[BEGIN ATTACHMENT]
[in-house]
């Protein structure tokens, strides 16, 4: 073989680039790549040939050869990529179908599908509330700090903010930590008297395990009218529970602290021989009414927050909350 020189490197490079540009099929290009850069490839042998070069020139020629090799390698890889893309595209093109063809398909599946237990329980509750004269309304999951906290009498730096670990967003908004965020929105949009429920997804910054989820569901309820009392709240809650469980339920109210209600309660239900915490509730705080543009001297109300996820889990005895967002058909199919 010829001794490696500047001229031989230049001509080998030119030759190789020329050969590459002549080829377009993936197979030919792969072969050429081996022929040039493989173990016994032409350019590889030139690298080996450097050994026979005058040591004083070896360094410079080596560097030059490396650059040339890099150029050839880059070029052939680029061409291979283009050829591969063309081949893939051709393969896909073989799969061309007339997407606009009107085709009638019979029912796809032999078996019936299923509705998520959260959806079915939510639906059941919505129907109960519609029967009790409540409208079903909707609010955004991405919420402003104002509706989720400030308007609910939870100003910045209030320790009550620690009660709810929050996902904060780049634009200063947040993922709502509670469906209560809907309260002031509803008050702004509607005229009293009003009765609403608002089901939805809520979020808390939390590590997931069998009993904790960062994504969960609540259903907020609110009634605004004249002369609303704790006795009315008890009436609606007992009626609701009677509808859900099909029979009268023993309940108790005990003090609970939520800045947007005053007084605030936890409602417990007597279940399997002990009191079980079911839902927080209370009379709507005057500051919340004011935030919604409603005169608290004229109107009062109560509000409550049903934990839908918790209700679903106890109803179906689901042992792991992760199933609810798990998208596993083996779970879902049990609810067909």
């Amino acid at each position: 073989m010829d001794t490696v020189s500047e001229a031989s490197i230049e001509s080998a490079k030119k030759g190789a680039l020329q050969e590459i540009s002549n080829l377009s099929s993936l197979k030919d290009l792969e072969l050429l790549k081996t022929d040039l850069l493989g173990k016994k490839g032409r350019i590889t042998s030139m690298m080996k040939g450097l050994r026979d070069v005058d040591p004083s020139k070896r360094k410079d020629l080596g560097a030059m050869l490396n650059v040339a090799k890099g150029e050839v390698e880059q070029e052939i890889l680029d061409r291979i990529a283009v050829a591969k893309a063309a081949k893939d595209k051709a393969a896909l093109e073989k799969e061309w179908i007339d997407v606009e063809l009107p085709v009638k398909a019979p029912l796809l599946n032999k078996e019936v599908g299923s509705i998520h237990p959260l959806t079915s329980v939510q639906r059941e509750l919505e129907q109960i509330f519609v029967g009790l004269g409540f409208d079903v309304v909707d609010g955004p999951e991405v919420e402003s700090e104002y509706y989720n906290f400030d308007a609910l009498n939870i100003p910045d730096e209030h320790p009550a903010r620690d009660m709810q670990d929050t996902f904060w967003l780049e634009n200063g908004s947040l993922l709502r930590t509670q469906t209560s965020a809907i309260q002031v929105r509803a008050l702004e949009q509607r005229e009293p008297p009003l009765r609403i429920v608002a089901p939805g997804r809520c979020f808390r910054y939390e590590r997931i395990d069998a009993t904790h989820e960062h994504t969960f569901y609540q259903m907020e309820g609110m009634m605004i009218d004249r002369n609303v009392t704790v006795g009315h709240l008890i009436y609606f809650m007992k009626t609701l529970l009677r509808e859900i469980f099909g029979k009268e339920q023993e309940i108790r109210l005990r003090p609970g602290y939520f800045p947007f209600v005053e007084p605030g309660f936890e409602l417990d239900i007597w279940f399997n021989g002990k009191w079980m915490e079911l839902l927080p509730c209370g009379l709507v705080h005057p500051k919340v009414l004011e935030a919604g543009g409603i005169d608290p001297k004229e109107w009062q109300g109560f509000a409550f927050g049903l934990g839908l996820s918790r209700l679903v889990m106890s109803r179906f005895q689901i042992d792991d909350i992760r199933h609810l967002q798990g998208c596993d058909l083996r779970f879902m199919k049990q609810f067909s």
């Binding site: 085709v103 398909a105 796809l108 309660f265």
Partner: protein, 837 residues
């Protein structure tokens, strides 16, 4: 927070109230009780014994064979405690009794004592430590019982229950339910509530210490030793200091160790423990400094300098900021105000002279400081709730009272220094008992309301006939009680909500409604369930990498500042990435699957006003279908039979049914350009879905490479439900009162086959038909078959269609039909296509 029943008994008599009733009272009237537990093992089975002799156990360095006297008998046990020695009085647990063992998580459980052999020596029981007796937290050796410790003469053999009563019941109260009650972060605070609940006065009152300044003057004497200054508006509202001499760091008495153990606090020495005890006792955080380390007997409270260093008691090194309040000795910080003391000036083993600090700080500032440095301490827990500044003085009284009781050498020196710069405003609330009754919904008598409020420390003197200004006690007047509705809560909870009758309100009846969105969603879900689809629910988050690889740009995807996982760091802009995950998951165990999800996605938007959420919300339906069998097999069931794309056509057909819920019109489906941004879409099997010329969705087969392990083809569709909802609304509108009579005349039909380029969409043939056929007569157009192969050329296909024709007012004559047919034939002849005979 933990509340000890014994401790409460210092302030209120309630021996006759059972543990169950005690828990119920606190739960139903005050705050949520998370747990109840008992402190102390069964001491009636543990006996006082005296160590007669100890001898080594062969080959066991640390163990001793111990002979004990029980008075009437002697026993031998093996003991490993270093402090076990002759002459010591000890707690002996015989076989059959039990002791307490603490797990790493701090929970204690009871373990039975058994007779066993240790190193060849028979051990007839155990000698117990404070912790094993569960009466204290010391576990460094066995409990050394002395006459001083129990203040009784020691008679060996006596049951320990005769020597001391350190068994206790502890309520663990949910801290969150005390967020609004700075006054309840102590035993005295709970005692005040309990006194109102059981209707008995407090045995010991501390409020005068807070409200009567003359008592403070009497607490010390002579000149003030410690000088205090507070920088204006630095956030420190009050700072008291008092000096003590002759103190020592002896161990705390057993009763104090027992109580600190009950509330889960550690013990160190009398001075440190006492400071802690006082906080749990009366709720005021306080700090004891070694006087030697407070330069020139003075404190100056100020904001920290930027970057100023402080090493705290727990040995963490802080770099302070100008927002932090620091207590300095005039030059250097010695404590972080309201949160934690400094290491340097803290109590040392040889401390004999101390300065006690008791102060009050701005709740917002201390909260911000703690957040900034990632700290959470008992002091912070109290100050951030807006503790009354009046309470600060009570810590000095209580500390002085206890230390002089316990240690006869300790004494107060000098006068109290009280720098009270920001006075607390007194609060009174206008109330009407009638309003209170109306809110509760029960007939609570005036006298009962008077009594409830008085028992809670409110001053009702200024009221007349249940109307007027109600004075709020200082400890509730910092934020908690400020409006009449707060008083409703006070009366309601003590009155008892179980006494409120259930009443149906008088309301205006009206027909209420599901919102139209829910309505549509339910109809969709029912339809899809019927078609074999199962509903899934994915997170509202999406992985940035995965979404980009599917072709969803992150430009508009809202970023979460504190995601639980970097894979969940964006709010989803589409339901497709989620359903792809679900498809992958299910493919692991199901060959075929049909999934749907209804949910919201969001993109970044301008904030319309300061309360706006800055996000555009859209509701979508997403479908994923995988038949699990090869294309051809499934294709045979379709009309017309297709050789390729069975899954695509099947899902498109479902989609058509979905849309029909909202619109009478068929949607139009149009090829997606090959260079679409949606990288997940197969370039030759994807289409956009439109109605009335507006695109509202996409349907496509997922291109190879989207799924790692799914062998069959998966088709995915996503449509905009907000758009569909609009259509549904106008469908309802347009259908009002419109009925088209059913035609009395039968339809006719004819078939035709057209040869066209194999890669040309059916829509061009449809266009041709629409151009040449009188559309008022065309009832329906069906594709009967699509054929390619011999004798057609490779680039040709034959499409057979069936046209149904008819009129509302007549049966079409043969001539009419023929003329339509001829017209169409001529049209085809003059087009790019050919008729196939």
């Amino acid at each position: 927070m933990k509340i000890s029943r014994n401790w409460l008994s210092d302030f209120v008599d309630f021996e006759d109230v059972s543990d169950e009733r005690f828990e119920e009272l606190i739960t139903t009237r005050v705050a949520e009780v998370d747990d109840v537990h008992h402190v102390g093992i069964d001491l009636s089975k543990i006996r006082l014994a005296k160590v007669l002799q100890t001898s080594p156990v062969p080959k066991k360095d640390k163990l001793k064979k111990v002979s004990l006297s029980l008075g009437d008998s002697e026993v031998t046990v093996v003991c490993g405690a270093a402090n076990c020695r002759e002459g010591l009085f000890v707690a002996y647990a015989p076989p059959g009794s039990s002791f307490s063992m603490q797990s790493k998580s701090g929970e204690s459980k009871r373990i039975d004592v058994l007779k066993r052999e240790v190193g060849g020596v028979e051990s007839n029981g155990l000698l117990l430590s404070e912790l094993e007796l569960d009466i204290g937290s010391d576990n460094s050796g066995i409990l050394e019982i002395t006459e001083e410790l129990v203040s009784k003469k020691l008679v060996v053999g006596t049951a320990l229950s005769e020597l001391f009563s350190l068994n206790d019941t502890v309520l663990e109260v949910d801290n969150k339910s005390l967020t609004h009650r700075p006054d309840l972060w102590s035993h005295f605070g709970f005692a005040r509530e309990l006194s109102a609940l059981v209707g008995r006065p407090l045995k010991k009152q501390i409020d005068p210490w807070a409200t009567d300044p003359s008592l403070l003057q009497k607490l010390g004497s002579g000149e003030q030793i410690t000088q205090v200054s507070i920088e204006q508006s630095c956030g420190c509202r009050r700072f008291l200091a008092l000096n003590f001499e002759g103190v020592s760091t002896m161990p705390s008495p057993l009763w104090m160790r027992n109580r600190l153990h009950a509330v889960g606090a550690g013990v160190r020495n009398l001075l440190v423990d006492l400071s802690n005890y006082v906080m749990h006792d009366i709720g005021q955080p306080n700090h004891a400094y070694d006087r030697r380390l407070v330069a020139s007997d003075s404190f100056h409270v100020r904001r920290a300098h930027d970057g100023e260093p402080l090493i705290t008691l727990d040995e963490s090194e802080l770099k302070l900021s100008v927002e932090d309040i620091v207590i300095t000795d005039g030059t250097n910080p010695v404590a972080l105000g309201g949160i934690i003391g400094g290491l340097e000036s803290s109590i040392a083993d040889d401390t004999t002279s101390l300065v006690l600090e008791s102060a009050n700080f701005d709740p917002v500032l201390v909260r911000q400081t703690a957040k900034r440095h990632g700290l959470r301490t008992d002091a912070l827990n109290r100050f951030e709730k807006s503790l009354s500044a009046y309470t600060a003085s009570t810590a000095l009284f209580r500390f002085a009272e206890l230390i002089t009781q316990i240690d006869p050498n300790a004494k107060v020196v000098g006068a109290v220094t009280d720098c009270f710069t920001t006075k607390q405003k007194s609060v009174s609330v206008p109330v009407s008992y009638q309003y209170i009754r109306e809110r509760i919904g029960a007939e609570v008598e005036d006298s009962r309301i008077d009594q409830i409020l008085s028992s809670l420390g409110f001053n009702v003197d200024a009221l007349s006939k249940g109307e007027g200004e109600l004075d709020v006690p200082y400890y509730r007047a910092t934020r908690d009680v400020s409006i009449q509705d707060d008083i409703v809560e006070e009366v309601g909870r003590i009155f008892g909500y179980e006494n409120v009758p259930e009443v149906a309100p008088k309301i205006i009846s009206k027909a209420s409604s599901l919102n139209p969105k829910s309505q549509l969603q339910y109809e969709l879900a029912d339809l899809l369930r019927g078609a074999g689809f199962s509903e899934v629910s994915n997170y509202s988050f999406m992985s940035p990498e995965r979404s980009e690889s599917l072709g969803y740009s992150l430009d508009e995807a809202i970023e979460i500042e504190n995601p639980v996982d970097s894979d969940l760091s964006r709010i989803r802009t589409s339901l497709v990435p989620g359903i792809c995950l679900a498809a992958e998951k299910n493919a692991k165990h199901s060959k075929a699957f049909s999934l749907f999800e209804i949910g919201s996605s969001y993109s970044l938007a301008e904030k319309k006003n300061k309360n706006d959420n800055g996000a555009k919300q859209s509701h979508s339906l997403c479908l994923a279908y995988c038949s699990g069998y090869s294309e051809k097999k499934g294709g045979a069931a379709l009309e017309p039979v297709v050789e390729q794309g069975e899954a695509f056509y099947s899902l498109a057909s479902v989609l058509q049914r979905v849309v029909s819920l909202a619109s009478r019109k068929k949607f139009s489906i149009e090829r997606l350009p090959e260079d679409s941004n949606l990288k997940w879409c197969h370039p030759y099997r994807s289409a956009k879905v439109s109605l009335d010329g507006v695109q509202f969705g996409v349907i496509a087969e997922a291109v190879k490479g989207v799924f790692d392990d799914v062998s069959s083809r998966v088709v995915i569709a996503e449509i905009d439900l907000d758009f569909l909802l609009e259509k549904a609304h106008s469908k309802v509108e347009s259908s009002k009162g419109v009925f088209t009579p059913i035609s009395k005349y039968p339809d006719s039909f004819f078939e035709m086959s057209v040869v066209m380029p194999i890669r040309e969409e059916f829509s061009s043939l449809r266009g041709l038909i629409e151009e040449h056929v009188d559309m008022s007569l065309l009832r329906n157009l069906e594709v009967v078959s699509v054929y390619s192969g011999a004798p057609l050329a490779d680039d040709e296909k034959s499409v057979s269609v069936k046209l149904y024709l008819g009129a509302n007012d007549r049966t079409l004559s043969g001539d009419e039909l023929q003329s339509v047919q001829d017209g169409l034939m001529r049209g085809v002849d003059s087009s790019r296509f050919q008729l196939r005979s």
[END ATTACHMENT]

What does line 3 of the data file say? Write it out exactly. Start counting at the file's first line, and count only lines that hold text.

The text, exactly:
């Amino acid at each position: 073989m010829d001794t490696v020189s500047e001229a031989s490197i230049e001509s080998a490079k030119k030759g190789a680039l020329q050969e590459i540009s002549n080829l377009s099929s993936l197979k030919d290009l792969e072969l050429l790549k081996t022929d040039l850069l493989g173990k016994k490839g032409r350019i590889t042998s030139m690298m080996k040939g450097l050994r026979d070069v005058d040591p004083s020139k070896r360094k410079d020629l080596g560097a030059m050869l490396n650059v040339a090799k890099g150029e050839v390698e880059q070029e052939i890889l680029d061409r291979i990529a283009v050829a591969k893309a063309a081949k893939d595209k051709a393969a896909l093109e073989k799969e061309w179908i007339d997407v606009e063809l009107p085709v009638k398909a019979p029912l796809l599946n032999k078996e019936v599908g299923s509705i998520h237990p959260l959806t079915s329980v939510q639906r059941e509750l919505e129907q109960i509330f519609v029967g009790l004269g409540f409208d079903v309304v909707d609010g955004p999951e991405v919420e402003s700090e104002y509706y989720n906290f400030d308007a609910l009498n939870i100003p910045d730096e209030h320790p009550a903010r620690d009660m709810q670990d929050t996902f904060w967003l780049e634009n200063g908004s947040l993922l709502r930590t509670q469906t209560s965020a809907i309260q002031v929105r509803a008050l702004e949009q509607r005229e009293p008297p009003l009765r609403i429920v608002a089901p939805g997804r809520c979020f808390r910054y939390e590590r997931i395990d069998a009993t904790h989820e960062h994504t969960f569901y609540q259903m907020e309820g609110m009634m605004i009218d004249r002369n609303v009392t704790v006795g009315h709240l008890i009436y609606f809650m007992k009626t609701l529970l009677r509808e859900i469980f099909g029979k009268e339920q023993e309940i108790r109210l005990r003090p609970g602290y939520f800045p947007f209600v005053e007084p605030g309660f936890e409602l417990d239900i007597w279940f399997n021989g002990k009191w079980m915490e079911l839902l927080p509730c209370g009379l709507v705080h005057p500051k919340v009414l004011e935030a919604g543009g409603i005169d608290p001297k004229e109107w009062q109300g109560f509000a409550f927050g049903l934990g839908l996820s918790r209700l679903v889990m106890s109803r179906f005895q689901i042992d792991d909350i992760r199933h609810l967002q798990g998208c596993d058909l083996r779970f879902m199919k049990q609810f067909s």